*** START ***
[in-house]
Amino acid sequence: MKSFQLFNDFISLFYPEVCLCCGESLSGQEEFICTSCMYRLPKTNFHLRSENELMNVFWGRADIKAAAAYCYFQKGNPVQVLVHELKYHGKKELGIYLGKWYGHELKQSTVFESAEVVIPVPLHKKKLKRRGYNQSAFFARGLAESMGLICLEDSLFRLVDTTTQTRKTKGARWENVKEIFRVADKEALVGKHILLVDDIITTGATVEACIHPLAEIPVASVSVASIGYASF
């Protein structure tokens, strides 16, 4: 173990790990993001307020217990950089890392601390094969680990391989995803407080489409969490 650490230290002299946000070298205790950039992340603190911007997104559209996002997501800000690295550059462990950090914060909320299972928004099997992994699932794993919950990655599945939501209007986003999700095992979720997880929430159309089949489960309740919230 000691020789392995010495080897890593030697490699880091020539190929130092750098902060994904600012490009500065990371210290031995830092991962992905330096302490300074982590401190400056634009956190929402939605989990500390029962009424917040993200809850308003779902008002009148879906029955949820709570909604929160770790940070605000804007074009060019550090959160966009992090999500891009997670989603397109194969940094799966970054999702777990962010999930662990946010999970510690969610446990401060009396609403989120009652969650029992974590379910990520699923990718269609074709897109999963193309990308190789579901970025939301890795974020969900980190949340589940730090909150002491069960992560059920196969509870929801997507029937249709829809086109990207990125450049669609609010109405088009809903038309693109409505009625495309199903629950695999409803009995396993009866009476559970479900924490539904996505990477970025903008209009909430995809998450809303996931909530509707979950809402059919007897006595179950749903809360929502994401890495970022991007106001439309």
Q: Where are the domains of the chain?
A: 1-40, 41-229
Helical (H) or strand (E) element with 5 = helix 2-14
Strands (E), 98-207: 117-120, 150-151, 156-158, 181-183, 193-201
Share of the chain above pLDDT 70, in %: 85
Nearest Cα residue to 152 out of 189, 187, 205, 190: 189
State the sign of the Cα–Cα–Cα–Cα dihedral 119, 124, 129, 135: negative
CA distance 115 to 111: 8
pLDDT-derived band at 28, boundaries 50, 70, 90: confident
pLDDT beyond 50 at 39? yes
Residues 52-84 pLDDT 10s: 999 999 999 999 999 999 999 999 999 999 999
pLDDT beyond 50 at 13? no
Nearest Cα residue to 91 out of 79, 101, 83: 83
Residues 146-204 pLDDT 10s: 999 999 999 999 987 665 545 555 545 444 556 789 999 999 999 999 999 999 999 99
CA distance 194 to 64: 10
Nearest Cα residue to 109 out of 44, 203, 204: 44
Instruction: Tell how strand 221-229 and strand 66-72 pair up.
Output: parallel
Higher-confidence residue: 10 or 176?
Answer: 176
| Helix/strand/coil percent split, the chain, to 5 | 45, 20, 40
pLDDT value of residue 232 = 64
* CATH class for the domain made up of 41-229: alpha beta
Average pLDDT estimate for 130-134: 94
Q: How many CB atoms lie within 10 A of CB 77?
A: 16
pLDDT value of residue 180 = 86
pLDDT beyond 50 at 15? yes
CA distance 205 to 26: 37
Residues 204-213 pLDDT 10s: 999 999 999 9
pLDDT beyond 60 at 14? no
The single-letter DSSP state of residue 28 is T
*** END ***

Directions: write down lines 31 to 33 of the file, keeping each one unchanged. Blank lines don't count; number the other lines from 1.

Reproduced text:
pLDDT beyond 50 at 15? yes
CA distance 205 to 26: 37
Residues 204-213 pLDDT 10s: 999 999 999 9